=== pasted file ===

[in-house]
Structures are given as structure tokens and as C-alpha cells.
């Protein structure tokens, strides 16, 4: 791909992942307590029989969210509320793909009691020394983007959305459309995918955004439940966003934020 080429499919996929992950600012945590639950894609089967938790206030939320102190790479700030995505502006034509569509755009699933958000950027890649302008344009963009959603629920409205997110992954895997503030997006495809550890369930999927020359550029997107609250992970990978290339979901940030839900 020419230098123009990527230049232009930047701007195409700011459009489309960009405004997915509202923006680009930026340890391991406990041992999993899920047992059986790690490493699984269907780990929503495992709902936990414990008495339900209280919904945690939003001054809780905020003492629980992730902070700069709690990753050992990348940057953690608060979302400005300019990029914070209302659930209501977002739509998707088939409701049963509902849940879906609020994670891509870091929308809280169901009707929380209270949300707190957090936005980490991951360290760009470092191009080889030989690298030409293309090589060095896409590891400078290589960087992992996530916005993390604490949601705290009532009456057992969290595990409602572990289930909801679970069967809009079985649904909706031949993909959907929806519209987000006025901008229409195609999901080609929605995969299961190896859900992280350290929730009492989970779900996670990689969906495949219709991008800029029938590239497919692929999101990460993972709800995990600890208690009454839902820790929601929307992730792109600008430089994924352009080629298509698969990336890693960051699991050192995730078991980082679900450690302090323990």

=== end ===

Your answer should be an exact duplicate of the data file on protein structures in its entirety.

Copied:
[in-house]
Structures are given as structure tokens and as C-alpha cells.
């Protein structure tokens, strides 16, 4: 791909992942307590029989969210509320793909009691020394983007959305459309995918955004439940966003934020 080429499919996929992950600012945590639950894609089967938790206030939320102190790479700030995505502006034509569509755009699933958000950027890649302008344009963009959603629920409205997110992954895997503030997006495809550890369930999927020359550029997107609250992970990978290339979901940030839900 020419230098123009990527230049232009930047701007195409700011459009489309960009405004997915509202923006680009930026340890391991406990041992999993899920047992059986790690490493699984269907780990929503495992709902936990414990008495339900209280919904945690939003001054809780905020003492629980992730902070700069709690990753050992990348940057953690608060979302400005300019990029914070209302659930209501977002739509998707088939409701049963509902849940879906609020994670891509870091929308809280169901009707929380209270949300707190957090936005980490991951360290760009470092191009080889030989690298030409293309090589060095896409590891400078290589960087992992996530916005993390604490949601705290009532009456057992969290595990409602572990289930909801679970069967809009079985649904909706031949993909959907929806519209987000006025901008229409195609999901080609929605995969299961190896859900992280350290929730009492989970779900996670990689969906495949219709991008800029029938590239497919692929999101990460993972709800995990600890208690009454839902820790929601929307992730792109600008430089994924352009080629298509698969990336890693960051699991050192995730078991980082679900450690302090323990």